And in summer, sitting for 45 minutes with the cooling system on can mean losing 4 miles of range (1 kWh) before you leave. In Fremont, at Mission Coffee, finding a shady spot might allow one to avoid that altogether. In Florida, at 91°F, you know you’re going to be using the air conditioner. Winter is another matter. On a cold winter day, engaging maximum heat for the same period of time or engaging the defog mode could result in twice as many miles lost.
Having a display showing realtime kW would make the source of all that clear. It would also alert drivers that the heating or cooling system is on even though they don’t suspect it. And this is beyond Wh/mi, which confuses the issue for most people — and also provides no information when the car is stationary at a stop or when parked.
What you don’t know can hurt you
Various facets of the Model 3 heating systems are invisible — or at least not well documented. For instance, unless the cabin temperature is set to LO, drivers can unintentionally have the cabin heat come on in mild weather conditions and not even suspect it. Nothing in the car tells you that the heat is on other than maybe noticing your Wh/mile is higher. Not having a display of realtime power draw becomes a real liability. The same applies to defog mode, which can use both cooling and heating. Forget and leave it on by accident? Lose range needlessly.
All of these things mean that drivers don’t have needed feedback on how operation of these systems can influence range. And the lack of that information can create all kinds of supposition from “blower speed doesn’t matter” (it does) to “turn off the music to save power” (it hardly matters) to guessing as to whether Sentry Mode is increasing Phantom Drain while parked (it is — you can lose a mile of range each hour it is activated). Thus, it would be highly advantageous to have the instantaneous kW either a negative or positive value at the top of the display where there is currently a lot of white space, or else on the left panel. I have mocked up a display.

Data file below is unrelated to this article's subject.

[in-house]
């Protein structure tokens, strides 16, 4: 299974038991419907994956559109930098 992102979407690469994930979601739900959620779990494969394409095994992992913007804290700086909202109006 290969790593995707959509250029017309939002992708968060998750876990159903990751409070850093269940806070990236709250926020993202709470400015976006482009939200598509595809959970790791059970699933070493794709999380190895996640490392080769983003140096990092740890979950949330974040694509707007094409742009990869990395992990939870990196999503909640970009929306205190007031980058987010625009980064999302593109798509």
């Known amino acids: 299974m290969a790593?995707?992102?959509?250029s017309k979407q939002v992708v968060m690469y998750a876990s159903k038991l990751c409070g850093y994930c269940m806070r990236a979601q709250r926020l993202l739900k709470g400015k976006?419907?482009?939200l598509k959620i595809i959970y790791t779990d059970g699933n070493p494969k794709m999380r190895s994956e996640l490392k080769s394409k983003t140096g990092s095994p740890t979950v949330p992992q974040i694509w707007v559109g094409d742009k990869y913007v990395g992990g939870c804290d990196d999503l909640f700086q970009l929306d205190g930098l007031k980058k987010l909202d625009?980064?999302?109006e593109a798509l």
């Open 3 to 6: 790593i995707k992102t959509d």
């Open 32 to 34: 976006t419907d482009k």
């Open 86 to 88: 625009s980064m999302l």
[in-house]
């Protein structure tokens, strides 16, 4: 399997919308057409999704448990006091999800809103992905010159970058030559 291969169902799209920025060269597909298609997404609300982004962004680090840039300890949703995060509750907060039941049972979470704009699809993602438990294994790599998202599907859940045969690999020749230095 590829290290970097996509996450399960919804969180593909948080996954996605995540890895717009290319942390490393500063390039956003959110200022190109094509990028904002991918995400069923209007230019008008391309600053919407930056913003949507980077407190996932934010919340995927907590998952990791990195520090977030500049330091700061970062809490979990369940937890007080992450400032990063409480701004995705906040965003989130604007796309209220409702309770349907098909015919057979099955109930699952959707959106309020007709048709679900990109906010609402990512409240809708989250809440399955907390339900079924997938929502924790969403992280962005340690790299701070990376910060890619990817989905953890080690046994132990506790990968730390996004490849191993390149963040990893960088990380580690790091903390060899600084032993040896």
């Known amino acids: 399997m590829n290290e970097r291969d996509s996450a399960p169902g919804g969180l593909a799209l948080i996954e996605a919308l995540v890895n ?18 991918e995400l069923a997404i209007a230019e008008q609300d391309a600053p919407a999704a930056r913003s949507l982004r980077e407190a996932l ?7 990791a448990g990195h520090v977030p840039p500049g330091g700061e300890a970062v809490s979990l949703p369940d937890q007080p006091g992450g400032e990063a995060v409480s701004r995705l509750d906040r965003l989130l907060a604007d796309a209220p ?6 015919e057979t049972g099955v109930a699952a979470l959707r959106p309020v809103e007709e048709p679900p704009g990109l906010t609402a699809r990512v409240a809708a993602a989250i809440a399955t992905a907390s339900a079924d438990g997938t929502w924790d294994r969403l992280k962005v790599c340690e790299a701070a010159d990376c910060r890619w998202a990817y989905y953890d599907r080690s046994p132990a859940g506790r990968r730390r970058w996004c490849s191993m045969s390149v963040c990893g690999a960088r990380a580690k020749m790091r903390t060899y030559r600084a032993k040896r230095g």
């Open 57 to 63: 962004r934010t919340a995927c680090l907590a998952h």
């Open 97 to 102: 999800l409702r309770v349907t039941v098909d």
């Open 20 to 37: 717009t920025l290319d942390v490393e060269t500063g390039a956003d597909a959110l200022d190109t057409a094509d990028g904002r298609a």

Yes, I know the Tesla displays are a crafted embodiment of Dieter Rams’ “less is more” aesthetic. Rams has said, “I always try to find things I can remove.” So, simple, clean, unobtrusive lines are important. But among Rams’ design principles is one that I’d like to call attention to relative to the current Model 3 User Interface (UI). Good design helps “understand” a product. He also says good design provides “a welcoming experience.”
I am also aware that Tesla has great experience with creating effective, clean UI displays. However, in its quest for beautiful simplicity, I’d like to make the point that not making Battery Power optionally available does not help drivers understand the car. It helps to mystify them. This is particularly so when parked, but even more true in winter when a number of factors make range preservation important. Also, the difficulty with the UI for the HVAC system is confusing enough for drivers to require all-too-frequent access to the control screen just to see what it is doing. That’s annoying, distracting, and not just for me. Rather than a quiet, intuitive, “welcoming experience,” it is difficult for drivers to figure out how to turn off heating or to run the fan without it.
My proposed fixes are not beautiful. I am not a visual designer. So, what I have mocked up is crude and can easily be improved upon. Would Battery Power be best shown in Pilot/Nerd mode on the Charge screen, or as another selectable plotted line over time on the Energy screen sub menu, or as a simple small black or green numeric value to the left or right below the MPH text on the status panel with the existing black and green lines showing battery discharge/charge? This is for Tesla to tackle. To address the confusion from the HVAC controls, it would be useful to simply have an unobtrusive Boolean display of HVAC system status on the left drive panel as shown in my mockup. Again, it could be easily improved upon by a UI designer. What I offer here is just a constructive starting point to show how this can be done.
Pilot mode would only be selectable and not a default option. Users who wouldn’t want to know about such things would never see them. However, the rest of us would be completely grateful to have access to that data. In particular, it would be great to see:
- The instantaneous kW draw and regen from the battery on a display showing kW draw into or out from the battery to 1 or 2 decimal places with a 1 or 0.5 second update rate, which is optimal for cockpit rendering of non-critical outputs from a human-factors standpoint. That would clearly show the big advantage of the seat heaters (~300 Watts or 0.3 kW) versus the cabin heater (~3000–6000 W).